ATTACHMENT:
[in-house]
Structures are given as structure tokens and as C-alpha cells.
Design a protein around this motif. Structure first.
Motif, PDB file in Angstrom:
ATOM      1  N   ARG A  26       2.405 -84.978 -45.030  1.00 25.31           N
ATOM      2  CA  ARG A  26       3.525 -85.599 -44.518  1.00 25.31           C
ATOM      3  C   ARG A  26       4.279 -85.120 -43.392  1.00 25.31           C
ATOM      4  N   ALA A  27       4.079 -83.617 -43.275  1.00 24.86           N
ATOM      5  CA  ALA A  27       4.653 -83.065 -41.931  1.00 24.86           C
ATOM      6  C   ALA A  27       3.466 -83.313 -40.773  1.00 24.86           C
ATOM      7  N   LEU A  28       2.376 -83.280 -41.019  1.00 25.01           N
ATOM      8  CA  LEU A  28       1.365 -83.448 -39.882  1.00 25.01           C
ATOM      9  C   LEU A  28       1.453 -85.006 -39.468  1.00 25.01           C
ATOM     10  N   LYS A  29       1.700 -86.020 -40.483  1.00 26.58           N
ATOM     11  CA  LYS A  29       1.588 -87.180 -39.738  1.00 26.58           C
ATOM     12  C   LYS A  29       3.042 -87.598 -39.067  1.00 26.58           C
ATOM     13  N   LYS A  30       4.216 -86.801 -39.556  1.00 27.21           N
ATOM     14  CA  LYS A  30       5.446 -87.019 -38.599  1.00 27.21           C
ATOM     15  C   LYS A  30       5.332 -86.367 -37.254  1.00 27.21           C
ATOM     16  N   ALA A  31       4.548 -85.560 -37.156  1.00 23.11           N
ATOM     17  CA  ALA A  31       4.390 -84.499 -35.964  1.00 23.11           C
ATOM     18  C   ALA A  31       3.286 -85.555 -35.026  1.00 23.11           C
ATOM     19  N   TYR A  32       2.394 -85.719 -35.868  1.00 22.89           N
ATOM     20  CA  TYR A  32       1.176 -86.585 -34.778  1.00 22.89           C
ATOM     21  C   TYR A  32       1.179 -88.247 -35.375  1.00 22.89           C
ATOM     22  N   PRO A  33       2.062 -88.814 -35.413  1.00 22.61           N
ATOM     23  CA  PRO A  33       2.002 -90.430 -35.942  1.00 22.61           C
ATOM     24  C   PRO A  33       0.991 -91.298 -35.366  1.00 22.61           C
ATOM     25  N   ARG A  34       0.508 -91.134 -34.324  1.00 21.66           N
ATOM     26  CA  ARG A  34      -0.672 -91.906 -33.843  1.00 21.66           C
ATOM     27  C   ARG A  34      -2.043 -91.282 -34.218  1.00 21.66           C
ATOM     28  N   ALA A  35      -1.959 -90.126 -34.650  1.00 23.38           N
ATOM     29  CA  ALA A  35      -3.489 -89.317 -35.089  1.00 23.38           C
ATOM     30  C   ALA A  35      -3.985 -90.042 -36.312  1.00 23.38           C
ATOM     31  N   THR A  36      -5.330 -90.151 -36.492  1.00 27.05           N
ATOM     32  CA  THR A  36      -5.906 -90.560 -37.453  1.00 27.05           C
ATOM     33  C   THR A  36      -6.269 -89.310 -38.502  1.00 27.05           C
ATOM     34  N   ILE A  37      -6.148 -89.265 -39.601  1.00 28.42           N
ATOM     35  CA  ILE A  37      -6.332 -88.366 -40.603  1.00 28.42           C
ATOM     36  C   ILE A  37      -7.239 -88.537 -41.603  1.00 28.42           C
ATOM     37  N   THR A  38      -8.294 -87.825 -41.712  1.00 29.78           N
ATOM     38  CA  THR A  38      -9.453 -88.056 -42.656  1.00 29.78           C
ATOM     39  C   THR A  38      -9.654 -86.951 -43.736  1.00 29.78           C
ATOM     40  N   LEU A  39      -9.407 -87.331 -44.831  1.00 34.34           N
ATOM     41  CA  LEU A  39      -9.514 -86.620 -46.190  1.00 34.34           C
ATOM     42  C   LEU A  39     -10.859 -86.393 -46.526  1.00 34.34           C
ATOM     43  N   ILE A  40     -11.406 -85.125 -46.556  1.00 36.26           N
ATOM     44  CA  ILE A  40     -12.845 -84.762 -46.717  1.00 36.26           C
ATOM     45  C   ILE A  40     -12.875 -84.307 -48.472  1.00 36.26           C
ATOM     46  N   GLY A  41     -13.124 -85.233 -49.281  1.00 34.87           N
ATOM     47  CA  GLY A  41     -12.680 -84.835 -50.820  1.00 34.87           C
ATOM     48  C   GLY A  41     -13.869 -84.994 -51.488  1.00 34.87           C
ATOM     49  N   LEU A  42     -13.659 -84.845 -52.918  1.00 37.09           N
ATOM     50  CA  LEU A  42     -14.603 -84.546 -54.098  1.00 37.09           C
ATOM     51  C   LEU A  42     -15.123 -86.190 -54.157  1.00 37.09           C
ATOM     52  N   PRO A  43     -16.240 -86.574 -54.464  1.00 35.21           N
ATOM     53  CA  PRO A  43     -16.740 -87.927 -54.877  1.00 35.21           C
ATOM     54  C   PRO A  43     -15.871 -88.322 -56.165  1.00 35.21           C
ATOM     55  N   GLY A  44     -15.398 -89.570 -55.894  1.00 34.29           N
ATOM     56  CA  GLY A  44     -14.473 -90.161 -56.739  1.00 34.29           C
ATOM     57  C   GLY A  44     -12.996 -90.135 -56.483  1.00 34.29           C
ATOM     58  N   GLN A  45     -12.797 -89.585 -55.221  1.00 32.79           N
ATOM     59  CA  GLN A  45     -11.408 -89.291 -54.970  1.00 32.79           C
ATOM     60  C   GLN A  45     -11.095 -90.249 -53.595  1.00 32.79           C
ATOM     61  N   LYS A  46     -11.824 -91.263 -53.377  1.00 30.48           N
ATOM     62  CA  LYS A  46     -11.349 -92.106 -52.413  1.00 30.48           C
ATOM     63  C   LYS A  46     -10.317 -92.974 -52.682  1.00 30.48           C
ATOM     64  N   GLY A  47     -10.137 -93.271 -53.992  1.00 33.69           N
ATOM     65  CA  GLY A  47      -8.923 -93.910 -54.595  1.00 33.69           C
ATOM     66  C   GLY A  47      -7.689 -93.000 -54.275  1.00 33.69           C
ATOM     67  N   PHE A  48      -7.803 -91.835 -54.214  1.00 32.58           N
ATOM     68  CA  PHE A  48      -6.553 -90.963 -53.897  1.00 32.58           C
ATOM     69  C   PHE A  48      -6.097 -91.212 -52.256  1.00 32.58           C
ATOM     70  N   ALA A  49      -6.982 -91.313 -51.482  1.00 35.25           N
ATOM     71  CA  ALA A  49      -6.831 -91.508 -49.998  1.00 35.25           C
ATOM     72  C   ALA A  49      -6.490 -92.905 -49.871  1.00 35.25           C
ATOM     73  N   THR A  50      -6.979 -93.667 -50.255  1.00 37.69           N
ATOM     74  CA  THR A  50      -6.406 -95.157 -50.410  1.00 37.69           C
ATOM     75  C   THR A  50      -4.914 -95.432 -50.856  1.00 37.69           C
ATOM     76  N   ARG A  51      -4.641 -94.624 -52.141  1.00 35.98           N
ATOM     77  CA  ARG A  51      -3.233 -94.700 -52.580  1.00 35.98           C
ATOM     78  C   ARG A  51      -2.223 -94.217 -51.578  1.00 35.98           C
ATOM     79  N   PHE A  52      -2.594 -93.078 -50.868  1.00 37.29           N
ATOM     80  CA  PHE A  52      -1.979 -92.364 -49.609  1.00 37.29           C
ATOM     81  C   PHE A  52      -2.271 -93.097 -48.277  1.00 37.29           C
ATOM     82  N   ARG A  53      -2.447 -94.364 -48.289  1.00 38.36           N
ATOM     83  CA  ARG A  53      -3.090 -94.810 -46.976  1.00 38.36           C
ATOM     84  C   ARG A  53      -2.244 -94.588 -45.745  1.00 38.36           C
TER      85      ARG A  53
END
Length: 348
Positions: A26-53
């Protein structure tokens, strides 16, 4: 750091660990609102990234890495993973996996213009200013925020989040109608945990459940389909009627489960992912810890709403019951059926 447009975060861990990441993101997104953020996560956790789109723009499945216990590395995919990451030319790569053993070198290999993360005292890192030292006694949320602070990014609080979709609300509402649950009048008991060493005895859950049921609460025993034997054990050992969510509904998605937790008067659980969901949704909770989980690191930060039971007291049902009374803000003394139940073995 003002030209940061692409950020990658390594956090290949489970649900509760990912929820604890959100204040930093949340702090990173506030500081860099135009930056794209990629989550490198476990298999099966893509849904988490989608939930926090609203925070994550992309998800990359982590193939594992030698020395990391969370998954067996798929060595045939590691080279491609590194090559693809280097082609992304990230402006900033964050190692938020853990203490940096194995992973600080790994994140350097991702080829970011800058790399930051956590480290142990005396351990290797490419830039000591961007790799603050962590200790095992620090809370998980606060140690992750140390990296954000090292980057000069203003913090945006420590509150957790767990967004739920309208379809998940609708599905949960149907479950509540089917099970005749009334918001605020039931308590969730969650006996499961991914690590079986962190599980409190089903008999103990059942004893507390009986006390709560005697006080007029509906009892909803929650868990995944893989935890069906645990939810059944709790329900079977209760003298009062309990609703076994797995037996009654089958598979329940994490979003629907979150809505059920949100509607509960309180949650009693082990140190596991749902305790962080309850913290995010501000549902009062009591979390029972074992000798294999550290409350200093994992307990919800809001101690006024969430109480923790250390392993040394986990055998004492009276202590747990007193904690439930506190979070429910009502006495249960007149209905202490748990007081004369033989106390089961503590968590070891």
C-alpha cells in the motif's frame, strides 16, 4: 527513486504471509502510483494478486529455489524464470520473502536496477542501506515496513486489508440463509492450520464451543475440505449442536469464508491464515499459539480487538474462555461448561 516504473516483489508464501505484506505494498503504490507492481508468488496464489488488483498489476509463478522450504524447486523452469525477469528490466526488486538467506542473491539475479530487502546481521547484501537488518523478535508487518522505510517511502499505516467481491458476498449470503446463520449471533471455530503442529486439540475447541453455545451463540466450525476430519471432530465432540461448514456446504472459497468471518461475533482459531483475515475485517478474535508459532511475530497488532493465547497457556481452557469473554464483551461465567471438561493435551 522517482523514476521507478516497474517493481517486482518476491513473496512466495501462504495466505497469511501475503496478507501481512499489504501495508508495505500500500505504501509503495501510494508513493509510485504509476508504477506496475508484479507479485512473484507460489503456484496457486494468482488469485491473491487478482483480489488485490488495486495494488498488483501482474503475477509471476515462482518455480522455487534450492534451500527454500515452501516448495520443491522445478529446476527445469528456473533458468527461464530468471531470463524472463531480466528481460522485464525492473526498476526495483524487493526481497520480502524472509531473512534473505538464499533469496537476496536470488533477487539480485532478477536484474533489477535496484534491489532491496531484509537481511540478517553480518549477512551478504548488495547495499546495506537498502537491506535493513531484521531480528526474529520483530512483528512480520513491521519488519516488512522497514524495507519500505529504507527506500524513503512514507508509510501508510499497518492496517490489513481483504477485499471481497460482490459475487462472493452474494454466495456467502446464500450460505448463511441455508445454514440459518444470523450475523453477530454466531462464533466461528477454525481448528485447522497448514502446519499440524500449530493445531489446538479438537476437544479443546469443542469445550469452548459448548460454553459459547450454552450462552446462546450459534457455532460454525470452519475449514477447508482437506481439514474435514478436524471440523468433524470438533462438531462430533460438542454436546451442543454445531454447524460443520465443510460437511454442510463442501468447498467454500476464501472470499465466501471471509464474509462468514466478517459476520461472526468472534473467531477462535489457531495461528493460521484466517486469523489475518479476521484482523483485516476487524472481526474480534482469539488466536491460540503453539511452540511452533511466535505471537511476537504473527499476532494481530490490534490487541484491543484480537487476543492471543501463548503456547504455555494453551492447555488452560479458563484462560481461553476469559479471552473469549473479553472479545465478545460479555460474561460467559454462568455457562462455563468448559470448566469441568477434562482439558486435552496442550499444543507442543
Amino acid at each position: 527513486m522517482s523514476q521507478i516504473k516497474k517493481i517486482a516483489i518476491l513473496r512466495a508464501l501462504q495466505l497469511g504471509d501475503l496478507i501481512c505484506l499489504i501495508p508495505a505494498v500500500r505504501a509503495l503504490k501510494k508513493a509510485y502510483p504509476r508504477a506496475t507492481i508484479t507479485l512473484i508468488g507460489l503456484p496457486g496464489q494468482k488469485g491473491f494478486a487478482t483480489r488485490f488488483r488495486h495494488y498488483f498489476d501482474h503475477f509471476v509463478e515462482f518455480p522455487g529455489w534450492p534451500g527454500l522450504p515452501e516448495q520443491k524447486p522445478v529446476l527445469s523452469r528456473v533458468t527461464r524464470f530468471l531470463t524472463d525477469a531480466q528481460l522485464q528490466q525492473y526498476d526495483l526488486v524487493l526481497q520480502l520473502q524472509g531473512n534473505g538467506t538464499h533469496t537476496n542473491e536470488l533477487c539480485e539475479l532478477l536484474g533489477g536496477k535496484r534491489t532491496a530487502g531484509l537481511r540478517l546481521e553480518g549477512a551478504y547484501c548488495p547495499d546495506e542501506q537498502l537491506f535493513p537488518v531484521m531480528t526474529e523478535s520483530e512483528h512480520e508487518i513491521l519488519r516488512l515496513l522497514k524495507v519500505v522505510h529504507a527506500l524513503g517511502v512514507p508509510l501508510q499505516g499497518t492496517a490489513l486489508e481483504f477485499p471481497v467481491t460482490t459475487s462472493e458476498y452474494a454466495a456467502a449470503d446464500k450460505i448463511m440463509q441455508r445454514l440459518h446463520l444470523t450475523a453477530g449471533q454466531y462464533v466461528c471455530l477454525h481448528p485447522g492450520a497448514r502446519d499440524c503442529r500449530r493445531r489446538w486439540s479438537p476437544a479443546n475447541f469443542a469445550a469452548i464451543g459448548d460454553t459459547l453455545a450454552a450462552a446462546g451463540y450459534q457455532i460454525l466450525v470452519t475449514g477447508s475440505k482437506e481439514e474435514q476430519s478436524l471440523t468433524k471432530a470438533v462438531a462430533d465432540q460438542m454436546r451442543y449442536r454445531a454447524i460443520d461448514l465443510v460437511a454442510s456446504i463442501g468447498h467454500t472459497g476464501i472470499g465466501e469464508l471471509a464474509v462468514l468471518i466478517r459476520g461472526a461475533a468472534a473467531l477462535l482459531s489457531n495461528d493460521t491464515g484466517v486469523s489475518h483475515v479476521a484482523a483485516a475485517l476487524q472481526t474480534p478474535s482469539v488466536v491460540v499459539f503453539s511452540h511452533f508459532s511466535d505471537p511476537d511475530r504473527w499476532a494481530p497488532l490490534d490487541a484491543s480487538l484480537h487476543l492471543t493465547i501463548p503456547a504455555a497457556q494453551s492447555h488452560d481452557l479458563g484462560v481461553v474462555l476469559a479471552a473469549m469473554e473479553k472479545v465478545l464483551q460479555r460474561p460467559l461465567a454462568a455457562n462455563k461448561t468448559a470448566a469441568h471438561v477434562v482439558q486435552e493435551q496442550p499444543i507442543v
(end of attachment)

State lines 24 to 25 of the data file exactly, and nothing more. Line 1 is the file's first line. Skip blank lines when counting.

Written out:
ATOM     20  CA  TYR A  32       1.176 -86.585 -34.778  1.00 22.89           C
ATOM     21  C   TYR A  32       1.179 -88.247 -35.375  1.00 22.89           C